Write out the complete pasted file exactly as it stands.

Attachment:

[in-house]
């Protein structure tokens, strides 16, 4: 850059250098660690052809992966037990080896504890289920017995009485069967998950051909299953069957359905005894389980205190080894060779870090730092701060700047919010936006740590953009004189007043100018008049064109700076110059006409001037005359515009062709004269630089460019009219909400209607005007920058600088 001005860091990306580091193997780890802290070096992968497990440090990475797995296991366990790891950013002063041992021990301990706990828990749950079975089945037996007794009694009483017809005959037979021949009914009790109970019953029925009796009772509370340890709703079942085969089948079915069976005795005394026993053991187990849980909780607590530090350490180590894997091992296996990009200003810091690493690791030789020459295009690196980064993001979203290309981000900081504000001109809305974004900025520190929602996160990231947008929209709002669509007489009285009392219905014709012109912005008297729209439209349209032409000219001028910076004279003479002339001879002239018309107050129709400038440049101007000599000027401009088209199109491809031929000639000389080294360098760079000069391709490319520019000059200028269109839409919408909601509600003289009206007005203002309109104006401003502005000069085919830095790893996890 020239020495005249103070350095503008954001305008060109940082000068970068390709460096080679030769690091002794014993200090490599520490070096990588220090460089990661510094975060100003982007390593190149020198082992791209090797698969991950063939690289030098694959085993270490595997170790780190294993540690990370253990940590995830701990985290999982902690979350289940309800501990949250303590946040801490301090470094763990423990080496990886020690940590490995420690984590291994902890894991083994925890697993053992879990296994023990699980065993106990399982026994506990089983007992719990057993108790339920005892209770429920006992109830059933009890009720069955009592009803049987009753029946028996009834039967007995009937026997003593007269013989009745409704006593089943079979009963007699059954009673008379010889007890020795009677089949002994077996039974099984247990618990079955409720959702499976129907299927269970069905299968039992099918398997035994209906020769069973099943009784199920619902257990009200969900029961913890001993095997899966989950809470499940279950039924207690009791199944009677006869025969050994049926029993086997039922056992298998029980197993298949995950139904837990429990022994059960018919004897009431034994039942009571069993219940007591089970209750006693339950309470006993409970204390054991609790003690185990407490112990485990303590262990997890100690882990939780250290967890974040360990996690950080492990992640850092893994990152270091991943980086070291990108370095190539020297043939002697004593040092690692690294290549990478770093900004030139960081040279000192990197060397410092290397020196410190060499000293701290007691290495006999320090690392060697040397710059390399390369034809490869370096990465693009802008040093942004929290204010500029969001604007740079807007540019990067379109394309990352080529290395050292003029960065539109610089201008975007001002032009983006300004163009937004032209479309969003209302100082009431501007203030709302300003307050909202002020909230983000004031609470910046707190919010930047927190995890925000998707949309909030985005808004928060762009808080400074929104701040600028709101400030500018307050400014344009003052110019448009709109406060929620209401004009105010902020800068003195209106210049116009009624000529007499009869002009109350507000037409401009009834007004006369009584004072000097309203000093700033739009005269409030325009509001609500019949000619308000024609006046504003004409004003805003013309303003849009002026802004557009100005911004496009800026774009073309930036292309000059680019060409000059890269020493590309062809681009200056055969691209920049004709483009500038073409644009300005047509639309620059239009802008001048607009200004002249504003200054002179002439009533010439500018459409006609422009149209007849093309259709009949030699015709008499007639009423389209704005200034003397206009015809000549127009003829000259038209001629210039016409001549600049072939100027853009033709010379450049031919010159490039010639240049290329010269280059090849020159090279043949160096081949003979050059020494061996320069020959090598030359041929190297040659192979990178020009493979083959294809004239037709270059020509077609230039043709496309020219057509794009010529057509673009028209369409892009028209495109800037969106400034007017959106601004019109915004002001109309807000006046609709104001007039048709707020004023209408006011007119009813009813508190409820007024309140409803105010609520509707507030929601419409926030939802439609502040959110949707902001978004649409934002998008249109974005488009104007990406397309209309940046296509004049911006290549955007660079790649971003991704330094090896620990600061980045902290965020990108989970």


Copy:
[in-house]
């Protein structure tokens, strides 16, 4: 850059250098660690052809992966037990080896504890289920017995009485069967998950051909299953069957359905005894389980205190080894060779870090730092701060700047919010936006740590953009004189007043100018008049064109700076110059006409001037005359515009062709004269630089460019009219909400209607005007920058600088 001005860091990306580091193997780890802290070096992968497990440090990475797995296991366990790891950013002063041992021990301990706990828990749950079975089945037996007794009694009483017809005959037979021949009914009790109970019953029925009796009772509370340890709703079942085969089948079915069976005795005394026993053991187990849980909780607590530090350490180590894997091992296996990009200003810091690493690791030789020459295009690196980064993001979203290309981000900081504000001109809305974004900025520190929602996160990231947008929209709002669509007489009285009392219905014709012109912005008297729209439209349209032409000219001028910076004279003479002339001879002239018309107050129709400038440049101007000599000027401009088209199109491809031929000639000389080294360098760079000069391709490319520019000059200028269109839409919408909601509600003289009206007005203002309109104006401003502005000069085919830095790893996890 020239020495005249103070350095503008954001305008060109940082000068970068390709460096080679030769690091002794014993200090490599520490070096990588220090460089990661510094975060100003982007390593190149020198082992791209090797698969991950063939690289030098694959085993270490595997170790780190294993540690990370253990940590995830701990985290999982902690979350289940309800501990949250303590946040801490301090470094763990423990080496990886020690940590490995420690984590291994902890894991083994925890697993053992879990296994023990699980065993106990399982026994506990089983007992719990057993108790339920005892209770429920006992109830059933009890009720069955009592009803049987009753029946028996009834039967007995009937026997003593007269013989009745409704006593089943079979009963007699059954009673008379010889007890020795009677089949002994077996039974099984247990618990079955409720959702499976129907299927269970069905299968039992099918398997035994209906020769069973099943009784199920619902257990009200969900029961913890001993095997899966989950809470499940279950039924207690009791199944009677006869025969050994049926029993086997039922056992298998029980197993298949995950139904837990429990022994059960018919004897009431034994039942009571069993219940007591089970209750006693339950309470006993409970204390054991609790003690185990407490112990485990303590262990997890100690882990939780250290967890974040360990996690950080492990992640850092893994990152270091991943980086070291990108370095190539020297043939002697004593040092690692690294290549990478770093900004030139960081040279000192990197060397410092290397020196410190060499000293701290007691290495006999320090690392060697040397710059390399390369034809490869370096990465693009802008040093942004929290204010500029969001604007740079807007540019990067379109394309990352080529290395050292003029960065539109610089201008975007001002032009983006300004163009937004032209479309969003209302100082009431501007203030709302300003307050909202002020909230983000004031609470910046707190919010930047927190995890925000998707949309909030985005808004928060762009808080400074929104701040600028709101400030500018307050400014344009003052110019448009709109406060929620209401004009105010902020800068003195209106210049116009009624000529007499009869002009109350507000037409401009009834007004006369009584004072000097309203000093700033739009005269409030325009509001609500019949000619308000024609006046504003004409004003805003013309303003849009002026802004557009100005911004496009800026774009073309930036292309000059680019060409000059890269020493590309062809681009200056055969691209920049004709483009500038073409644009300005047509639309620059239009802008001048607009200004002249504003200054002179002439009533010439500018459409006609422009149209007849093309259709009949030699015709008499007639009423389209704005200034003397206009015809000549127009003829000259038209001629210039016409001549600049072939100027853009033709010379450049031919010159490039010639240049290329010269280059090849020159090279043949160096081949003979050059020494061996320069020959090598030359041929190297040659192979990178020009493979083959294809004239037709270059020509077609230039043709496309020219057509794009010529057509673009028209369409892009028209495109800037969106400034007017959106601004019109915004002001109309807000006046609709104001007039048709707020004023209408006011007119009813009813508190409820007024309140409803105010609520509707507030929601419409926030939802439609502040959110949707902001978004649409934002998008249109974005488009104007990406397309209309940046296509004049911006290549955007660079790649971003991704330094090896620990600061980045902290965020990108989970």